One of the most interesting questions regarding book bindings in the late Middle Ages are the protective structures that are more or less joined with the book. They provide us with an account of the book’s “life story”, which is not always apprehensible to us now. Based on the analysis of the preserved relics of bookbinding and on the iconography we can now distinguish several interrelated types of additional protective structures of the book whose use was not limited to the Middle Ages but also persisted later on.
In Polish book collections a large number of books have been preserved, including mainly missals, in leather overcovers or displaying traces of such. However, iconographic sources show us no more than a few examples of this binding. Based on these we find no direct evidence for the occurrence in Poland of the chemise, the more elegant type of book-protecting, an overcover made of fabric that was widespread among the rich burghers and nobility in the Netherlands, England, France, Spain and Italy.
The fullest representation in the plastic arts in Poland is that of the girdle book. A thorough analysis of the artworks showing such bindings – chiefly in sculpture and, to a lesser extent, panel painting – has enabled us to determine the character and the users of this type of book in Poland. Plastic arts representations originating mainly from the Pomerania, Silesia and Lesser Poland from the period between the first half of the 15th century and the late 16th century show girdle books usually held by the apostles. In Poland, as all over Europe, the most comprehensive group are effigies of St. John the Evangelist, and, less often, of St. James the Greater, St. James the Less and St. Philip. Based on these depictions we are able to determine the main features of the structure and character of girdle books. Most often these are small octavo books with three binds on the spine and with one fastening typical of the period when the depiction was made.
The extension of the material – predominantly light or red – at the tail usually exceeds the height of the book by a bit and is more often left loose than tied in a knot. Among the plastic art representations we find all of the structures of the outer material layer, which in most cases is not additionally fixed using protective bosses or corner and centre pieces. It seems that the lack of metal elements on the covers is quite characteristic of the bindings depicted in Polish art, which might have further contributed to the impermanence of such structures and be one of the reasons why so few leather overcovers have been preserved until now.
Aside from special, relatively durable forms of additional protection form (girdle books), iconography in Poland provides examples of the use of casings, sacks, and caskets for books. It appears that the casing was the oldest and the most universal of these forms, invented in church institutions and the archetype of subsequent forms of additional book protection.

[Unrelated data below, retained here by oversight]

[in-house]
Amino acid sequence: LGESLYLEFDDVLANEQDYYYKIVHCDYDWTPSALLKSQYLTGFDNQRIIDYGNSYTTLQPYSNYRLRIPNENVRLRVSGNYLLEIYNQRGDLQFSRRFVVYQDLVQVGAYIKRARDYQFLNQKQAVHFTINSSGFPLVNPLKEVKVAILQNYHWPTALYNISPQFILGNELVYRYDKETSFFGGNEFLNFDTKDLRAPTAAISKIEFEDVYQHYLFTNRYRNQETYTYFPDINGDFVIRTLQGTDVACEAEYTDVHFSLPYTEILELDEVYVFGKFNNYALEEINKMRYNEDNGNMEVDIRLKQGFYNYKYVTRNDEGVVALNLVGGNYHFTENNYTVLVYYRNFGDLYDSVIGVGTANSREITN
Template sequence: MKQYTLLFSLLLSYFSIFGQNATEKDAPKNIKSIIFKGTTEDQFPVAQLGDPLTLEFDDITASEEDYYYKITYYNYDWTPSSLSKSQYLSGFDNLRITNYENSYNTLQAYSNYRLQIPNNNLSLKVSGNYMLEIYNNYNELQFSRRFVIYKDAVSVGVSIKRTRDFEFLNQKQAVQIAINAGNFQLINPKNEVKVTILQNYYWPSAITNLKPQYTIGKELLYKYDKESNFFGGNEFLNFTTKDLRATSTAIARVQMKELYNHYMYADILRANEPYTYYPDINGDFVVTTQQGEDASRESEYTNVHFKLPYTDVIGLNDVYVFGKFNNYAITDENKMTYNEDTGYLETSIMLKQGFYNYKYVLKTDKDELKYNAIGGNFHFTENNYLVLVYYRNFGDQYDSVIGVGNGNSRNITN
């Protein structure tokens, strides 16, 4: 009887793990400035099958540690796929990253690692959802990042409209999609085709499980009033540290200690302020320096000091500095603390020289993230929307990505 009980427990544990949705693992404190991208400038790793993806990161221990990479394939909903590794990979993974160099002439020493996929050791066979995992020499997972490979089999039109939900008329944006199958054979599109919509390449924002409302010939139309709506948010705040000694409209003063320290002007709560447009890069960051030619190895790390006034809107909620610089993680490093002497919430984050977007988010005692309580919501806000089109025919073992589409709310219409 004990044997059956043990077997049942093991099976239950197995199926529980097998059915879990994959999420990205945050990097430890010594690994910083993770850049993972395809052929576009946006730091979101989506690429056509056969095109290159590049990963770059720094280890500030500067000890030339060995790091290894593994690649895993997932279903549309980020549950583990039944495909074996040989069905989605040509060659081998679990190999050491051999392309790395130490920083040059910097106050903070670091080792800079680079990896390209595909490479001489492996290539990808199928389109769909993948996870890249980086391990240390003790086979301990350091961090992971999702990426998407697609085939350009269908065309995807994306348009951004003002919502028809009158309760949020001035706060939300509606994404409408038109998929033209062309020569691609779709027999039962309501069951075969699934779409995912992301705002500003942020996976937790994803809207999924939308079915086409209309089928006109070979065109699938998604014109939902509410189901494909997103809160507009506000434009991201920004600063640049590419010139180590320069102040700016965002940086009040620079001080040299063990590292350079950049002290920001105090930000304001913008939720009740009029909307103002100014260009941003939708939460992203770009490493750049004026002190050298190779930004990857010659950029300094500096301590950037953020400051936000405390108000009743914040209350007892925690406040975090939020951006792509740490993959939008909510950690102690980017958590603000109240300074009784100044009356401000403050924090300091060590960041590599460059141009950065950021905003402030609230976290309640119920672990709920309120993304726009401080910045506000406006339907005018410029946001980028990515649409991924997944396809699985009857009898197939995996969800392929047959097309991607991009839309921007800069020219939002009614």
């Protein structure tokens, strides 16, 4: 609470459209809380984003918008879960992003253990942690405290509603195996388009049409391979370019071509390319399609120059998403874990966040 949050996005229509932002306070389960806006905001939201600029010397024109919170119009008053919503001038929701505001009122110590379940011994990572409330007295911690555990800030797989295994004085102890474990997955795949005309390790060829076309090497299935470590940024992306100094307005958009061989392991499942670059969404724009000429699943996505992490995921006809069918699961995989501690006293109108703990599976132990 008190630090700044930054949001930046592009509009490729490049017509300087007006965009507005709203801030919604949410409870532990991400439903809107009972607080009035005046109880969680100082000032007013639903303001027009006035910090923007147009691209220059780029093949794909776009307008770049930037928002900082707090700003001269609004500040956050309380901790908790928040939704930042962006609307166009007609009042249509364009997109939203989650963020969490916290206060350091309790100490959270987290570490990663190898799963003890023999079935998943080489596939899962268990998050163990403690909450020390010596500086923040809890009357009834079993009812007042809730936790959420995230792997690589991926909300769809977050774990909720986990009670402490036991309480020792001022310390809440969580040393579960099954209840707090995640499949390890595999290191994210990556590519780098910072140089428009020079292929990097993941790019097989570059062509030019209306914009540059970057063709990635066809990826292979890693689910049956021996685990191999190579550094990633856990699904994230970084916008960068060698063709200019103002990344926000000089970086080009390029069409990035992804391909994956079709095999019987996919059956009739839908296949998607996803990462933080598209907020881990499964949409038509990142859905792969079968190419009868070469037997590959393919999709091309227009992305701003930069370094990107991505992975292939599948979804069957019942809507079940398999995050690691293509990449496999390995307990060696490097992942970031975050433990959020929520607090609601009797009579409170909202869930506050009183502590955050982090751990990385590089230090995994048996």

The casing was used not only for the transport of liturgical books, missals, and breviaries, but – as iconographic sources indicate – it was a convenient and common manner of storing books. Apart from casings, the iconographical sources give us examples of caskets that were characteristic of the late Middle Ages and were mostly used for carrying small breviaries or other portable, small-size books attached to the belt. In spite of strong realistic tendencies in the late-Gothic art, these were influenced by iconographical stereotypes and stylistic schemes, relatively independent of the reality. The book box at an apostle’s side was less convincing, symbolically speaking. A book in a normal binding or in form of a pouch held by the saint in hand was above all his attribute and symbol, while the less characteristic box with the book attached to the belt was more or less a merely decorative accessory, not necessarily understandable to a contemporary beholder. In reality, for pragmatic reasons it was simpler to place the necessary volume in a bag or a sack, or even add an additional leather overcover whose considerable extension at the lower edge of the book could be tied in a knot or hooked to the belt, than to make a special casing with an additional fastening. The comparison of the preserved relics of bookbinding with the picture that emerges from the iconographic sources allows us to consider those sources as being generally reliable and fairly precise in illustrating their character. This is confirmed by the comparison of particular elements of the actual book relics with their corresponding depictions. What is more, the information from iconographic sources complements the analysis of the late-mediaeval bindings of manuscripts, as well as Renaissance printed books. The elements we cannot find in the original book binding relics but which we do encounter in the iconography are thus to be regarded as probable and taken into account in attempts at establishing a comprehensive typology thereof.
These findings are particularly useful in studying mediaeval bindings which underwent larger alterations than the accompanying relics. In many Gothic art relics we may often think that the book, as one of the elements of the composition, was depicted ineptly, simplistically, and that its depiction ignores minor details. This conclusion, however, is only partially true. Even less accomplished artists would unintentionally convey the image of the object as rooted in their experience, perpetuated in their memory and idealized, and would recreate what was characteristic and typical of the real object. Thus the apparently simple and austere blocks of the books encountered in Gothic art do reveal the authentic character of the bindings of the period.